Dr. Caspar Addyman is a Psychology Lecturer at Goldsmiths, University of London. He is a developmental psychologist interested in learning, laughter and behaviour change. The majority of his research is with babies. He has investigated how we acquire our first concepts, the statistical processes that help us get started with learning language and where our sense of time comes from. Before moving to Goldsmiths, he spent 10 years working in Birkbeck Babylab. Here he talks about a recent collaboration with the Polka Theatre.
Imagine for a moment that you wanted create a piece of theatre to entertain babies or a scientific experiment to test their understanding, how would you go about it? In this article I will give you a handy six step recipe that will help you get started in either situation. And along the way I hope to persuade you why these are both such worthwhile and important undertakings. The surprising thing is that the process is very similar. Despite 10 years of experience running experiments with babies I only discovered this myself very recently.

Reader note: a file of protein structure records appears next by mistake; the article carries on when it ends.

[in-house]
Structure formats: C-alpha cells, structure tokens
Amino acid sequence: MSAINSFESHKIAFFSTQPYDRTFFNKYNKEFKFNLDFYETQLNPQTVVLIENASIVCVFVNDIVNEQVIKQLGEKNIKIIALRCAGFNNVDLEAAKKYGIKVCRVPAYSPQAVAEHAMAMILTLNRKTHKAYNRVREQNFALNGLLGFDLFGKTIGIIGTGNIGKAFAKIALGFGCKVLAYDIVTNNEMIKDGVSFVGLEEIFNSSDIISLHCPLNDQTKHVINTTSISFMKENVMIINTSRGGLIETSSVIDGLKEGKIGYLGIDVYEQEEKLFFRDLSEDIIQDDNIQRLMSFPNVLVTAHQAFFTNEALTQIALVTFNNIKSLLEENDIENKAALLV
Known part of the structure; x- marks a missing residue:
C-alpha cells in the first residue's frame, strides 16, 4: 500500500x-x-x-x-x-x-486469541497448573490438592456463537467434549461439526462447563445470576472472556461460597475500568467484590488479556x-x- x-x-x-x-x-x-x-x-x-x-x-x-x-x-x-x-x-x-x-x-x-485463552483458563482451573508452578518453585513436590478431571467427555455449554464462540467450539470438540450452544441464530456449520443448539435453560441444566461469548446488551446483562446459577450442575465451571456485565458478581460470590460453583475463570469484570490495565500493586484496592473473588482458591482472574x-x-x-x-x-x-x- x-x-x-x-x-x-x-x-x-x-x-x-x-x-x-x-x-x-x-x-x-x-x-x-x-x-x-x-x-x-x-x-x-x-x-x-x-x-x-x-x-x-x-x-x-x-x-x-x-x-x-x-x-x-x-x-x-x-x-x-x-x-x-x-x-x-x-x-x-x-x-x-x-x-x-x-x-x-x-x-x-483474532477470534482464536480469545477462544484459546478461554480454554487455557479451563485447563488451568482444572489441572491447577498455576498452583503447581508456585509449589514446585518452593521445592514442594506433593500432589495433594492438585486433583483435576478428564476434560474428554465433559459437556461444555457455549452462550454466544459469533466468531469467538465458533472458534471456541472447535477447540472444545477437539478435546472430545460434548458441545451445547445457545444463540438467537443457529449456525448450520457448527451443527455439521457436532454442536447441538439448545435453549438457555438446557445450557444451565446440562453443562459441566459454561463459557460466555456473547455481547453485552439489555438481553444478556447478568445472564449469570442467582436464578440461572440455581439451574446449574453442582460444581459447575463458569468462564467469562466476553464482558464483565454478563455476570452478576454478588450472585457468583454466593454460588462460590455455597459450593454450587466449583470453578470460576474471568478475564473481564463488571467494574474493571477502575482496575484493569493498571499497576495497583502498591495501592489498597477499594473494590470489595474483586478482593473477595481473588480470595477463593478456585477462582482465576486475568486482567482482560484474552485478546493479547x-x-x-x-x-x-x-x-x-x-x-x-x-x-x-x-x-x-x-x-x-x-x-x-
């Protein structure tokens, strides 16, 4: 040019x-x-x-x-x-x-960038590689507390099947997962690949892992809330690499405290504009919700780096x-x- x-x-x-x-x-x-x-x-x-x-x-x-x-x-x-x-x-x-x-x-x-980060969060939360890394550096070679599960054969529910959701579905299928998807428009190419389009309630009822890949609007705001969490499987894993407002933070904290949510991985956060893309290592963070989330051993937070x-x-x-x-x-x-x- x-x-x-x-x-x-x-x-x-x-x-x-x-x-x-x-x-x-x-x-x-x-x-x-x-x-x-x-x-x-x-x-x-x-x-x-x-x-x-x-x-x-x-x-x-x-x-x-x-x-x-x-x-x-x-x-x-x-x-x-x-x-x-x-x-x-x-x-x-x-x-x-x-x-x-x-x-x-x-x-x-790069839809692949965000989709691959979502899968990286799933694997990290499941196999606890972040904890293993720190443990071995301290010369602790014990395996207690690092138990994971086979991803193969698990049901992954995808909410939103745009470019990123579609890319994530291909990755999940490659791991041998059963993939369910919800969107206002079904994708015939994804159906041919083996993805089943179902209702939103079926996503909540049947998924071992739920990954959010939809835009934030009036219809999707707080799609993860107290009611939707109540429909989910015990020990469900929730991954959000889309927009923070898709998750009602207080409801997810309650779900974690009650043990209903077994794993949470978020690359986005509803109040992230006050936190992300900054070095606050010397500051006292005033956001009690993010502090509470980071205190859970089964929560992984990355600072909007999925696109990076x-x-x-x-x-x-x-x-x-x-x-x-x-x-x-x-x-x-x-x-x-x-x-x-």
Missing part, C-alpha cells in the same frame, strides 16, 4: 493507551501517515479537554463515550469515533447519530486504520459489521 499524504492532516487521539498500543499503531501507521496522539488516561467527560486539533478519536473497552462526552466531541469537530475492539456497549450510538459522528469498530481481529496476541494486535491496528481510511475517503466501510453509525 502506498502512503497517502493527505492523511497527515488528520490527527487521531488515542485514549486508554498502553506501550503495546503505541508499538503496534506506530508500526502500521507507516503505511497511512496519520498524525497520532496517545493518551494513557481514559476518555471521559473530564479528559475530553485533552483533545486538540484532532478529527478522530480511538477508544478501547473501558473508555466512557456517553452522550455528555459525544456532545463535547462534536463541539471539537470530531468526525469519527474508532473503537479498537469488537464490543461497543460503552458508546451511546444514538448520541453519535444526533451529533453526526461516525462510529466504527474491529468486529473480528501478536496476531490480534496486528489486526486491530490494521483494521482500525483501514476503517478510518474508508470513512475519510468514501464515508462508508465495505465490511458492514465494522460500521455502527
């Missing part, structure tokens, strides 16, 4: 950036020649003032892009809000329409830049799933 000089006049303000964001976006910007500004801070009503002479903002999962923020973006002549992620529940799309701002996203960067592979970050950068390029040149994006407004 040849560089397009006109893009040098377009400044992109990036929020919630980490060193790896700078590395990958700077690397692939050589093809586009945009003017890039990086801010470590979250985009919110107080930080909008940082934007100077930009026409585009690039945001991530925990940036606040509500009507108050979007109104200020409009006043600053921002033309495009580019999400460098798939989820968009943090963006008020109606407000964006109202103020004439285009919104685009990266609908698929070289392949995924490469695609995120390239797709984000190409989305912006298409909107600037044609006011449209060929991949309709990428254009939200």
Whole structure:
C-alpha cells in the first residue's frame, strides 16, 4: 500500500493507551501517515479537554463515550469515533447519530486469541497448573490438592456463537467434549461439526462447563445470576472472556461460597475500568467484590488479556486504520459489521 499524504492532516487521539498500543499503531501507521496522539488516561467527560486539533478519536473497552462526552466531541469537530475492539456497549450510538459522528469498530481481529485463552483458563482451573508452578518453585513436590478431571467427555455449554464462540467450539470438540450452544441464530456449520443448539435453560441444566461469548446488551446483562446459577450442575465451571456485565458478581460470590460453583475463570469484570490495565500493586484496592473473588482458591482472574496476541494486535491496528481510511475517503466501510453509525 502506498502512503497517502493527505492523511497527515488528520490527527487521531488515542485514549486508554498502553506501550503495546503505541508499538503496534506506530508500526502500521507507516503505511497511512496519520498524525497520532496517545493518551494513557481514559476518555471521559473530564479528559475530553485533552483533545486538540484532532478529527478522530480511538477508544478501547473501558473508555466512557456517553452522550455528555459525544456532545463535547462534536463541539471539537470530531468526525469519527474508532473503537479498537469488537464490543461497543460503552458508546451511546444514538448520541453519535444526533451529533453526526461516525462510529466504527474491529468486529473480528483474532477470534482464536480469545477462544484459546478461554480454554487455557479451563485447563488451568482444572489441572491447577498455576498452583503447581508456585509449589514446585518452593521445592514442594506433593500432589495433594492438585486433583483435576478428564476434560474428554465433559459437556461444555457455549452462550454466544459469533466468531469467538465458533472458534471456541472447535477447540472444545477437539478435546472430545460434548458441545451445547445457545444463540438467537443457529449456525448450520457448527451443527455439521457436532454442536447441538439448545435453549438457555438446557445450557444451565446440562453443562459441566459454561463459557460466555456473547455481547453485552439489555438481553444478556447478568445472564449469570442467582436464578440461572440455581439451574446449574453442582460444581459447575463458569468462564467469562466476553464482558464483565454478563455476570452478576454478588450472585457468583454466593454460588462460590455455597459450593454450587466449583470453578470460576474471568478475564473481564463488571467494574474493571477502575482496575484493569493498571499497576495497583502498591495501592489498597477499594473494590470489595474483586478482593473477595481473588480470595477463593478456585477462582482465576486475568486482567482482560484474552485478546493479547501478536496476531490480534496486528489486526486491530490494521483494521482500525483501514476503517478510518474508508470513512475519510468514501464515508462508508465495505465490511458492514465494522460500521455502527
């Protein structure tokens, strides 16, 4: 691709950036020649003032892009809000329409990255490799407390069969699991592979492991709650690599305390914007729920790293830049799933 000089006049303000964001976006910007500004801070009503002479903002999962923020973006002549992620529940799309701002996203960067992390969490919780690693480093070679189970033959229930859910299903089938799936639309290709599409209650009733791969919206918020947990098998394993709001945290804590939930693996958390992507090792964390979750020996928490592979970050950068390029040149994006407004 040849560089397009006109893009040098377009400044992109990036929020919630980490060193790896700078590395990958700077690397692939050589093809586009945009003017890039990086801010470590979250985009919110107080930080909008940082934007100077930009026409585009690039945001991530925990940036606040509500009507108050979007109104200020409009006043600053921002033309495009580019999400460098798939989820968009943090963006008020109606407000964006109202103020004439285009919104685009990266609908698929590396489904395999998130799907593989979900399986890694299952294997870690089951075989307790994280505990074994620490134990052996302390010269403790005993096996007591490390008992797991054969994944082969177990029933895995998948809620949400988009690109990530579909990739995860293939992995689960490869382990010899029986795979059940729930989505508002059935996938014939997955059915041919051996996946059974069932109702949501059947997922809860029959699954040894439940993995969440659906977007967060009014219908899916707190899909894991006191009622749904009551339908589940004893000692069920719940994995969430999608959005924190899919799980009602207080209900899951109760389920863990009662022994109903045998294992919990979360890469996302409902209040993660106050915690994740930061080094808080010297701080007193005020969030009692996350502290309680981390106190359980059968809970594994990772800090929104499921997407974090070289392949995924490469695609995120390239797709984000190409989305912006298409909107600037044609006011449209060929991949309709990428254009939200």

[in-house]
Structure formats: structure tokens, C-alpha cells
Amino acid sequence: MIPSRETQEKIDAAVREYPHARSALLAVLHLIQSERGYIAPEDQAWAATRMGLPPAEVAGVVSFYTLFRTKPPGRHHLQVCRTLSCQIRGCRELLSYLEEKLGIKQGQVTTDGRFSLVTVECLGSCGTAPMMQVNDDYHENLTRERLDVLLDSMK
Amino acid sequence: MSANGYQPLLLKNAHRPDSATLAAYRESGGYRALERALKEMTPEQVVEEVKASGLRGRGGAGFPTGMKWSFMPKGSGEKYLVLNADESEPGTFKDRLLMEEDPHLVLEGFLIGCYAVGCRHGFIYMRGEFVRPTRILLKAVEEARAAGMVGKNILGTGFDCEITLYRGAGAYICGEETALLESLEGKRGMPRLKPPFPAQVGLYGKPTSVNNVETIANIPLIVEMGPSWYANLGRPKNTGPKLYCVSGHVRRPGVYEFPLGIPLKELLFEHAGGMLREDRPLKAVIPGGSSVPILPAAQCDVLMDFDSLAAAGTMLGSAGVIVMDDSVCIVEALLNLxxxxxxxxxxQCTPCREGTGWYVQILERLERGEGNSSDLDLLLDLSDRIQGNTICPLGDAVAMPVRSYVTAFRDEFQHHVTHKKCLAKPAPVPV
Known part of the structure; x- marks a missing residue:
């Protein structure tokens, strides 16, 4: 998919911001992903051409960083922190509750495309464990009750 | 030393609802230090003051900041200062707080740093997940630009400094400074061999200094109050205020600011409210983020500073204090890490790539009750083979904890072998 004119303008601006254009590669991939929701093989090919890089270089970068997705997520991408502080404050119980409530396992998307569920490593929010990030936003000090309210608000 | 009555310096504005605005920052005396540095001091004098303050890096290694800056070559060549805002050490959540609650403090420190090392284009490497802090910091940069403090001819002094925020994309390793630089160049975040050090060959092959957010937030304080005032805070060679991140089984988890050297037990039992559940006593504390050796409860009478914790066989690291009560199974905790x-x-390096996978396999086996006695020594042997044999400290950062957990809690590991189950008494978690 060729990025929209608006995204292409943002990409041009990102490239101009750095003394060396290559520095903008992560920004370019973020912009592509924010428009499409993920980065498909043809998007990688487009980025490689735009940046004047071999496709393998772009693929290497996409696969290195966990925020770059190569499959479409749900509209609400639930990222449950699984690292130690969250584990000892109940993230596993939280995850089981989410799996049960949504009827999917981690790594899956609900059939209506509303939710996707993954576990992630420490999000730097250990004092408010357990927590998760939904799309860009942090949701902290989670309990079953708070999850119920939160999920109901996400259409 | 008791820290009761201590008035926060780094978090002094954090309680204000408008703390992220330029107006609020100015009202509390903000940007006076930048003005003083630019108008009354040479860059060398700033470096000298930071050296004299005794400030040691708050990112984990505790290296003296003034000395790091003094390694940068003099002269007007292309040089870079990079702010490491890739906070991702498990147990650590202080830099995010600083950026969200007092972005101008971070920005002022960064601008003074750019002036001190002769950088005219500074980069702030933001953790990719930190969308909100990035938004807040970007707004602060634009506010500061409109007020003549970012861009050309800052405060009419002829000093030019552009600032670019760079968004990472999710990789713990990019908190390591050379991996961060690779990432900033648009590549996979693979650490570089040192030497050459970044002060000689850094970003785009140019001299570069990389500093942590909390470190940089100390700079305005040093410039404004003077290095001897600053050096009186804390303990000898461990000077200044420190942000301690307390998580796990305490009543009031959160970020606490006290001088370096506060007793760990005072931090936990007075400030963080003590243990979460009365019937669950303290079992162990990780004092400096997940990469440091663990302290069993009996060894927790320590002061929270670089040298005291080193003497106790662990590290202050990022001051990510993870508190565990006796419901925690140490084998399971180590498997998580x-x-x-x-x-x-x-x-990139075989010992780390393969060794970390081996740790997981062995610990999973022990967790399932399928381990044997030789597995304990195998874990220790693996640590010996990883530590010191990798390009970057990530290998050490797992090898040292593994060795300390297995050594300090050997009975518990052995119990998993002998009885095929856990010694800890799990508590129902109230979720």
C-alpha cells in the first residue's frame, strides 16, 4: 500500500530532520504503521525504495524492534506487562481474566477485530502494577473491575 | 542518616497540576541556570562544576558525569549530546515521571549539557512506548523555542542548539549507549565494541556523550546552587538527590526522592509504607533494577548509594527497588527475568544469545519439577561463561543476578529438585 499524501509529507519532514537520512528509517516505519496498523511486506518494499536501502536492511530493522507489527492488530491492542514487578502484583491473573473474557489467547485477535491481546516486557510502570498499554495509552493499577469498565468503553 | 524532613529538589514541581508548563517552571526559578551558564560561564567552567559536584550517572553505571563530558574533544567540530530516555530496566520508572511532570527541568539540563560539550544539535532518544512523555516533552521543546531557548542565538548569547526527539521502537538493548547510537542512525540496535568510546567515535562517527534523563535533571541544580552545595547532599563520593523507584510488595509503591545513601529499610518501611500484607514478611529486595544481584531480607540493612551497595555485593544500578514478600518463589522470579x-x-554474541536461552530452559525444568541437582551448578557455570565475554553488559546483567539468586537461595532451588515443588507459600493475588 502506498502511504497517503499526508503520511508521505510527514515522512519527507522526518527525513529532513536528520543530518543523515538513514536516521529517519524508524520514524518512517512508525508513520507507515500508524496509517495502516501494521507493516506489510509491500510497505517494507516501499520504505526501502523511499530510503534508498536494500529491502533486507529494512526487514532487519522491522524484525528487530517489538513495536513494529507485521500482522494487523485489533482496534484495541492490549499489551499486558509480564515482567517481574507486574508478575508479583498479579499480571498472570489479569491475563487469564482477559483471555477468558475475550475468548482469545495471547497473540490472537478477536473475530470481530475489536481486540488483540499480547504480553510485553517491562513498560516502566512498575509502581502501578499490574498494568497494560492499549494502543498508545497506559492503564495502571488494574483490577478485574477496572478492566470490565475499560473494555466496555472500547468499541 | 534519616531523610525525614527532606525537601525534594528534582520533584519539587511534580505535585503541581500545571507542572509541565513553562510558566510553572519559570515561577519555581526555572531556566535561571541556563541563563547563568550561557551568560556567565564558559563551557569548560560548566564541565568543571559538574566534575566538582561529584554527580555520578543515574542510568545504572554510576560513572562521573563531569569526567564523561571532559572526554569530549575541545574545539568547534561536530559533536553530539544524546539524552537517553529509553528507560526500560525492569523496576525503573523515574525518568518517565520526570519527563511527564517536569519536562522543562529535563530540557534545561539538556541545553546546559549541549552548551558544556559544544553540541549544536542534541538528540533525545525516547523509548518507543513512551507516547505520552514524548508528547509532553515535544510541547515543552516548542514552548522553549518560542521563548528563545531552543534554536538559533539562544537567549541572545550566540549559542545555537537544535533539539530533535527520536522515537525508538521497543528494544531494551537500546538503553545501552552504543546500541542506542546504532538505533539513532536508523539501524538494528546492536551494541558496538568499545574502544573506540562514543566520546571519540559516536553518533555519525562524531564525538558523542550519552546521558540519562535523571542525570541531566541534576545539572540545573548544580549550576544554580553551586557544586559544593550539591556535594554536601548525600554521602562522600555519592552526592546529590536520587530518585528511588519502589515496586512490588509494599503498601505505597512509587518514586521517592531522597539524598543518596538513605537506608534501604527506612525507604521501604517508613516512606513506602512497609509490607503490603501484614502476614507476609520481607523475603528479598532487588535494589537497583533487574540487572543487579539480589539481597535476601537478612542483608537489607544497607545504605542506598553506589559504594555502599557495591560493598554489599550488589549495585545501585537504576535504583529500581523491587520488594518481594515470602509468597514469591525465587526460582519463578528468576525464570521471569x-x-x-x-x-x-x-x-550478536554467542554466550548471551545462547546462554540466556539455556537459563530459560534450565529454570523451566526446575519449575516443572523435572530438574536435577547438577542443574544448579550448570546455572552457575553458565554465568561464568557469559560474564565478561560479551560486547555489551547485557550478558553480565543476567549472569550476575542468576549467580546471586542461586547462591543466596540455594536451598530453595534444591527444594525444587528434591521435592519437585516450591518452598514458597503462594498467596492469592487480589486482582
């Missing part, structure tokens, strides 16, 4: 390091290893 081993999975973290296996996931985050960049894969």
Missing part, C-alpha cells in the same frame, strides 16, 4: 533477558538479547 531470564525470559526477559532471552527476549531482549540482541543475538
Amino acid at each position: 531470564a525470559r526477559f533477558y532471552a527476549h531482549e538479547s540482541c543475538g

Over last few months myself and colleagues from Birkbeck Babylab have been collaborating with the creative team at Polka Theatre. The goal has been to make a piece of theatre for 6 to 18 month old infants based on our research as part of Polka’s upcoming Brain Waves festival (21 Sept – 2 Oct 2016). Brain Waves is a two week long festival of science and theatre that matches artists and neuroscientists to create new theatre productions for children. Supported by a Wellcome Trust People Award the festival features four original works for a range of audiences between 6 months and 16 years old.